The report also recommends creating a new sanctions designation for “state hybrid threat actors,” akin to the current “state sponsors of terrorism” list. The new designation would slap escalatory sanctions on any country that subverts democratic institutions or engages in other forms of so-called hybrid warfare.
“This threat existed long before President Trump took office, and unless he takes action now, it will continue long after his administration,” Cardin said in a statement Wednesday. “While President Trump stands practically idle, Mr. Putin continues to refine his asymmetric arsenal.”
Those involved in the report argue that if Washington doesn’t take new steps to patch its vulnerabilities laid bare in the last presidential election, Russia could repeat its success in meddling in the 2018 and 2020 elections. They also fear U.S. allies in NATO and the European Union remain susceptible to Russian meddling, citing the Kremlin’s murky role in the United Kingdom’s Brexit referendum, Catalonia’s drive for independence from Spain, and concerns over upcoming elections in Italy this March.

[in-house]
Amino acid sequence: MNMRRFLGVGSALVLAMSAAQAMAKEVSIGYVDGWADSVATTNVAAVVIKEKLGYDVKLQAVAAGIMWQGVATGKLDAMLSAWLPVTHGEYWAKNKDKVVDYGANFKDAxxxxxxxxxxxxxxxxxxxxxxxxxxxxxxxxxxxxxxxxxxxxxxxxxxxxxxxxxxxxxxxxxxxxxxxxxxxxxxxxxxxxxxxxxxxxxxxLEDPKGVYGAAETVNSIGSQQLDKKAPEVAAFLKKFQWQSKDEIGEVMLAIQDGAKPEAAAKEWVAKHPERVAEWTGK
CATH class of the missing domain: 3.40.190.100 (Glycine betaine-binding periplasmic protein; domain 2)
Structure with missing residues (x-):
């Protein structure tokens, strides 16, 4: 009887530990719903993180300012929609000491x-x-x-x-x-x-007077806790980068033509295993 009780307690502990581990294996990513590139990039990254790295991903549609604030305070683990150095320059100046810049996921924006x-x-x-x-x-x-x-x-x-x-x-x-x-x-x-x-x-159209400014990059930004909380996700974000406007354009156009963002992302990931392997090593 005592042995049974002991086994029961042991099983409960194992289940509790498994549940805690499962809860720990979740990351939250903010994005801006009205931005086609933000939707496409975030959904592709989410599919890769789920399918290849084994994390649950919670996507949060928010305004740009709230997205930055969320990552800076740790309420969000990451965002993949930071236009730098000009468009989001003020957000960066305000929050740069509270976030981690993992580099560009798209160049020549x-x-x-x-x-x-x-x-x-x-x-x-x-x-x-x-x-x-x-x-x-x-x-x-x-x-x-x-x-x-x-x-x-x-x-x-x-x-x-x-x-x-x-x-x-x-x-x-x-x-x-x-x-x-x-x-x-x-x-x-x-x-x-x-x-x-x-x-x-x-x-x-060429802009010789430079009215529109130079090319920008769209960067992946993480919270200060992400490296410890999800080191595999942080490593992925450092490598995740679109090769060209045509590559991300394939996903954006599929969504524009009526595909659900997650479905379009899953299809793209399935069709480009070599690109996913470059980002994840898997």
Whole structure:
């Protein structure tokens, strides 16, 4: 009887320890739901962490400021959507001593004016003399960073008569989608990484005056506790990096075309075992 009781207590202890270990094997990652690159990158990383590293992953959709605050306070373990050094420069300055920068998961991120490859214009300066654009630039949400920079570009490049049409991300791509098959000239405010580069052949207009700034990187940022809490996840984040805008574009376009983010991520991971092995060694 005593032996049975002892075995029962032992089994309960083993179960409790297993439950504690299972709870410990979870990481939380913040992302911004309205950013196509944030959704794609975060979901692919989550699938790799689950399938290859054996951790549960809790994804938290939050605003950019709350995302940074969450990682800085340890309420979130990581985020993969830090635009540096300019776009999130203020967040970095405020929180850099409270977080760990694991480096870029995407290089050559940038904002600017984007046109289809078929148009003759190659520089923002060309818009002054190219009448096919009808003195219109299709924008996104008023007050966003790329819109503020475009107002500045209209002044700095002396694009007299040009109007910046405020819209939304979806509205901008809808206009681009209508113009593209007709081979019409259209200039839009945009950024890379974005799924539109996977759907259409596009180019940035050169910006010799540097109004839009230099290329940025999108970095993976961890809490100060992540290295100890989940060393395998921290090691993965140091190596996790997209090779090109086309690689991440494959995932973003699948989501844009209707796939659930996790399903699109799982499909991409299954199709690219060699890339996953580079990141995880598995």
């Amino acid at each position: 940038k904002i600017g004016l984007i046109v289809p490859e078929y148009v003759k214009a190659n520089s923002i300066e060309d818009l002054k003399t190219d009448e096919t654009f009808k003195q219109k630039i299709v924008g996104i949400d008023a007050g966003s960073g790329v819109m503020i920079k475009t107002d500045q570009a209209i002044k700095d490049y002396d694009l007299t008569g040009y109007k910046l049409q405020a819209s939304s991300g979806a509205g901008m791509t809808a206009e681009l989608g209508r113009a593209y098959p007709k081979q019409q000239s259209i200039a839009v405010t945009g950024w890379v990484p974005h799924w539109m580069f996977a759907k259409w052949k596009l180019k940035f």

The report, a year in the making, is meant to ratchet up pressure on Trump, who has repeatedly skirted questions about Russia’s election meddling. It also aims to spark action from Republican lawmakers.
While no Republicans on the committee contributed to the report, some, including Chairman Bob Corker (R-Tenn.), have played key roles in expanding sanctions against Russia for election meddling last year. “Sen. Corker appreciates the fact that Sen. Cardin previously notified him that his staff was in the process of developing a minority report,” Micah Johnson, a spokesman for Corker, told FP. “While we will review the report in its entirety, including the recommendations, no further full committee activity is planned at this time.”